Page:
In a world-first clinical study, Australian researchers are hoping to prevent or delay the onset of type 1 diabetes by using stem cells from umbilical cord blood, Sam Ikin reports.
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UPDATED 10:48 AM - 26 Aug 2013

In a world-first clinical study, Australian researchers are hoping to prevent or delay the onset of type 1 diabetes by using stem cells from the patient's own umbilical cord blood.

They hope that injecting unique immune cells back into the patient, the disease could be avoided entirely.

“A number of animal studies have shown that infusion of regulatory T-cells from cord blood actually does prevent type 1 diabetes,” says Associate Professor Maria Craig, a paediatric endocrinologist at Sydney's Westmead Children's hospital.

“So there's a very strong scientific basis for undertaking the study.”

But researchers say to reap the benefits of cord blood, parents have to make the decision to have it stored.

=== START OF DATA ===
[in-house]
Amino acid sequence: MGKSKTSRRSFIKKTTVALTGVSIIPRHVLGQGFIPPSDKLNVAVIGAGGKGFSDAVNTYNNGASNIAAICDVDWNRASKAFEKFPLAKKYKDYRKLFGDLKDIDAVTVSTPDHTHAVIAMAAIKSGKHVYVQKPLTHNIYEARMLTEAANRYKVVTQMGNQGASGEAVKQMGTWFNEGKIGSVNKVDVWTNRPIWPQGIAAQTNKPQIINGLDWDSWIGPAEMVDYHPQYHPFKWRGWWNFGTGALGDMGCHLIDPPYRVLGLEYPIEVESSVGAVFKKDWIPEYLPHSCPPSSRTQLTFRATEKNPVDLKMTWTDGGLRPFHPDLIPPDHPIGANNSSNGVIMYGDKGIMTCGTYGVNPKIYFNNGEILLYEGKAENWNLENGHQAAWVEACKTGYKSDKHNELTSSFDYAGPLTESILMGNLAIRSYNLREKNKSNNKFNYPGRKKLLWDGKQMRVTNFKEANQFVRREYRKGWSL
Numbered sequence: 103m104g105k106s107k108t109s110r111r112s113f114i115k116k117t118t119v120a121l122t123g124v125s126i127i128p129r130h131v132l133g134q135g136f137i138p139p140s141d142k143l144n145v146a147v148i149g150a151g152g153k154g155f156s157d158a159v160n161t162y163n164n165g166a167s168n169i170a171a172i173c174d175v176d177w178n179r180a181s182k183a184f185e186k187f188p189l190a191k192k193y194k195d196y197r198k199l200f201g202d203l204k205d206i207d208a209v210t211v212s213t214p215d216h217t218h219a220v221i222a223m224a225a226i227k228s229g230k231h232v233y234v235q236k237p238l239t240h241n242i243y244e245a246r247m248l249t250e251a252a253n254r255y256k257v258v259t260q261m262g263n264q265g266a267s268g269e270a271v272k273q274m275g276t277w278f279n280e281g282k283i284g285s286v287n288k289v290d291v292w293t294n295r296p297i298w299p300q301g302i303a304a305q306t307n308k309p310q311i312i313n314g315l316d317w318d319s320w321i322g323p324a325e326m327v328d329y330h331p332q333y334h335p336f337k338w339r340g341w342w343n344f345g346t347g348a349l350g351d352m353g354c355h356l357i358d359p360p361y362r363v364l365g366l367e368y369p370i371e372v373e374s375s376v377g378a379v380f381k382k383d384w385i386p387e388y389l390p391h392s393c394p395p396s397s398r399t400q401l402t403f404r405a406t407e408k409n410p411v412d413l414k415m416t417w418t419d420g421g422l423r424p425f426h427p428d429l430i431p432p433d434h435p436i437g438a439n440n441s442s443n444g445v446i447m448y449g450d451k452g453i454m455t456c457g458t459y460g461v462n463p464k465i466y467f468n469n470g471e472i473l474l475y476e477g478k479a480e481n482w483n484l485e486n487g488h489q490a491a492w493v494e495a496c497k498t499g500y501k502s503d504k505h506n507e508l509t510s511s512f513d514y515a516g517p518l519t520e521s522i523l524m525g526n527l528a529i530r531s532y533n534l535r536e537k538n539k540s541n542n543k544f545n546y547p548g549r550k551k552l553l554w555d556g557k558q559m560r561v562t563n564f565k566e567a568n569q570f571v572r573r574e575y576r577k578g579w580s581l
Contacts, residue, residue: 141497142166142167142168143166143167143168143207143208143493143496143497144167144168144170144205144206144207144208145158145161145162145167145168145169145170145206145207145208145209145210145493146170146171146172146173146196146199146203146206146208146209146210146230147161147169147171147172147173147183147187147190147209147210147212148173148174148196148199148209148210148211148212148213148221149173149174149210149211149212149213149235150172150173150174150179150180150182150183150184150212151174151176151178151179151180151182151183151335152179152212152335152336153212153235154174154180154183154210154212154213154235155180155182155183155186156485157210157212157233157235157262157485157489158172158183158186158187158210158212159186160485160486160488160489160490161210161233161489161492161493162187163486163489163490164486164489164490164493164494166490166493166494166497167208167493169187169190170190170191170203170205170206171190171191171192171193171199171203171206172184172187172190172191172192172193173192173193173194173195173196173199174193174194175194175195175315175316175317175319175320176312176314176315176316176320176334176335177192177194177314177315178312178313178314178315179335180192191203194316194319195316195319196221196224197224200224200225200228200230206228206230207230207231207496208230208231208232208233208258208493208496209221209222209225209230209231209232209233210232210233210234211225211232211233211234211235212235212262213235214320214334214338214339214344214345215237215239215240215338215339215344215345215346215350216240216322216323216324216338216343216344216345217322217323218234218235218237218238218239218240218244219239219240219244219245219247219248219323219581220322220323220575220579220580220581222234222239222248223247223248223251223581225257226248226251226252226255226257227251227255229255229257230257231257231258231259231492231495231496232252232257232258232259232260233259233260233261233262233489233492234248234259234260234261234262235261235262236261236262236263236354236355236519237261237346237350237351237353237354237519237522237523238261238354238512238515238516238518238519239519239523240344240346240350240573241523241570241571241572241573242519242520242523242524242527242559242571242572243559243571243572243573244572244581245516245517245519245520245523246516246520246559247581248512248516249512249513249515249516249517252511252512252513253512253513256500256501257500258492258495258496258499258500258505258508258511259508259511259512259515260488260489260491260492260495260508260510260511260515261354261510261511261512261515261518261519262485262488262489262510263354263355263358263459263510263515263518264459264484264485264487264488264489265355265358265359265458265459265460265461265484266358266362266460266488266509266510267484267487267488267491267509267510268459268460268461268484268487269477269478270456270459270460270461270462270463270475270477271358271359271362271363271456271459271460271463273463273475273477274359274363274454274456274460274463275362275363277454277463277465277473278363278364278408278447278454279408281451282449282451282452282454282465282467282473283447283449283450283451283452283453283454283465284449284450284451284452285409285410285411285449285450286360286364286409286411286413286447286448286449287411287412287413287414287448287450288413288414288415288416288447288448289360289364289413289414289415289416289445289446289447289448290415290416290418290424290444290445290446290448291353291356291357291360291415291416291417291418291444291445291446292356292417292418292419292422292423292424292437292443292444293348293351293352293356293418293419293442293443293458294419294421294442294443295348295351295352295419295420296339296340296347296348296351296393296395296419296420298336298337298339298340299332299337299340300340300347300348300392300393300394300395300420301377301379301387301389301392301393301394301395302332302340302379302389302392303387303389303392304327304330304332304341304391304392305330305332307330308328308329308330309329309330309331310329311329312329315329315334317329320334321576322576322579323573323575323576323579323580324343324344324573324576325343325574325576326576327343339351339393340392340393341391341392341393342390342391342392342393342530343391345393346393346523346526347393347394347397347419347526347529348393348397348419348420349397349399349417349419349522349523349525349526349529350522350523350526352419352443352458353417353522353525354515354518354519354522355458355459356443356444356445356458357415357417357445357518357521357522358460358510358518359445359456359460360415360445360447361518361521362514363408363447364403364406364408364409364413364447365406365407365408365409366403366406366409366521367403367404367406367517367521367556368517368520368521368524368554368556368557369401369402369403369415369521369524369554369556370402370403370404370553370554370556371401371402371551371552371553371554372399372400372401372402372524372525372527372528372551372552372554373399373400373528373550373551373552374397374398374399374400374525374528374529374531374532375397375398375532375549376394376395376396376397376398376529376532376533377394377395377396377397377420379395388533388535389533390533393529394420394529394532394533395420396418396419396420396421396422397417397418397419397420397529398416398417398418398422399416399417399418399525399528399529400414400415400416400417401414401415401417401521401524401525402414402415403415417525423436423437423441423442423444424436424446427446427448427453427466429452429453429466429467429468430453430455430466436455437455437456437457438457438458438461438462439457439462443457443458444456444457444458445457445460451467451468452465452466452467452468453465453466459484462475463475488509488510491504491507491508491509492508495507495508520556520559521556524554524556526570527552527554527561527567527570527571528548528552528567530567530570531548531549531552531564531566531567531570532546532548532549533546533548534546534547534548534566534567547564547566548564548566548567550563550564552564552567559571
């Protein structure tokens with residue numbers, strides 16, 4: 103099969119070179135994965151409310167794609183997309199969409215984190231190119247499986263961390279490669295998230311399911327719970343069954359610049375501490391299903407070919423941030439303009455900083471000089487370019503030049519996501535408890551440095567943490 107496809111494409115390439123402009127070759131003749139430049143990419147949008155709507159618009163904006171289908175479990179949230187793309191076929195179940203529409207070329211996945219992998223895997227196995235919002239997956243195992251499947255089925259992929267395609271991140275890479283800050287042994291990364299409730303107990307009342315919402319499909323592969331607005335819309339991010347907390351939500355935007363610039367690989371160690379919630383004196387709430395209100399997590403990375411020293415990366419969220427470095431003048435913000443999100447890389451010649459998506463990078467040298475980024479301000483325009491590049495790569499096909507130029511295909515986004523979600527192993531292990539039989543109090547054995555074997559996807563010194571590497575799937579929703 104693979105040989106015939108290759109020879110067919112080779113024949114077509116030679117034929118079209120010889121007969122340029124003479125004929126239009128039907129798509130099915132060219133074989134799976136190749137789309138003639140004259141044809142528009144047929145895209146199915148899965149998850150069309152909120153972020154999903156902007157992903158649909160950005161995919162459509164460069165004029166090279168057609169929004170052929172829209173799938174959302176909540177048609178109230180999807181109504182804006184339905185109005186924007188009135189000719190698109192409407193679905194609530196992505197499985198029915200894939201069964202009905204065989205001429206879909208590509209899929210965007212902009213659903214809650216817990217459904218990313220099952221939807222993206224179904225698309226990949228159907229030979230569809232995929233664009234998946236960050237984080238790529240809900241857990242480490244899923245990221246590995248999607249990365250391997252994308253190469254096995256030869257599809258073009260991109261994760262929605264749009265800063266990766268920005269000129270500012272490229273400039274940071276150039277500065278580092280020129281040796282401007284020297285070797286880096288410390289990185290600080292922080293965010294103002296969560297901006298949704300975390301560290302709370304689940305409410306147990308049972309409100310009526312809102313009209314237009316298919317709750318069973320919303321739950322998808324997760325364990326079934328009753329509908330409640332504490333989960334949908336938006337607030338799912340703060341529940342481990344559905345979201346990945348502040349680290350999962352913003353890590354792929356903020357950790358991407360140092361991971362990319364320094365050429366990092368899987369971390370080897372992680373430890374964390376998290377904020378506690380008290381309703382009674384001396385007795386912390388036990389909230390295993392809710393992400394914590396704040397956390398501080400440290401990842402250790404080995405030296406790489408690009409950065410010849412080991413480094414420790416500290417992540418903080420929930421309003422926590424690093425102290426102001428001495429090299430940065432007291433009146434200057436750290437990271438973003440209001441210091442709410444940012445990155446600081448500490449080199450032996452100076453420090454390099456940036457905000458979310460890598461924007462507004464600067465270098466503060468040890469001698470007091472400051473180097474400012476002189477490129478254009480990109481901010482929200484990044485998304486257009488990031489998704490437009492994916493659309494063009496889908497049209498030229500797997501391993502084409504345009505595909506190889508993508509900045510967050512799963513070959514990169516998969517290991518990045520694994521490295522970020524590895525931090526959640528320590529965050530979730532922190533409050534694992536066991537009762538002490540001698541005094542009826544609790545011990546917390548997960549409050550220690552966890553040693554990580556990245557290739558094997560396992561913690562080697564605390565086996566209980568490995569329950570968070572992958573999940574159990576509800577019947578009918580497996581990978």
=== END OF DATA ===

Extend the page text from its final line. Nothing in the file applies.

Currently in Australia there are around 25,000 samples stored. Researchers hope that successful results in this trial will help increase awareness of storing cord blood.

“Australia has one of the lowest rates of cord blood collection in the world really, in the developed world,” says Cell Care's medical director, Associate Professor Mark Kirkland.

“Certainly for people with a family history of diseases such as diabetes, I think it's something they really need to be thinking about.”

Australia has one of the highest rates of type 1 diabetes in the world.

Scientists believe cord blood infusion could also be used to treat a wide range of auto immune diseases.

Still, it's not a cheap process and not every family will be able to afford it.

There's also no guarantee the treatment will transfer to humans, says Professor Craig, but there's every reason to be hopeful.

“We do hope this is the first of many studies investigating this very novel approach to preventing type 1 diabetes.”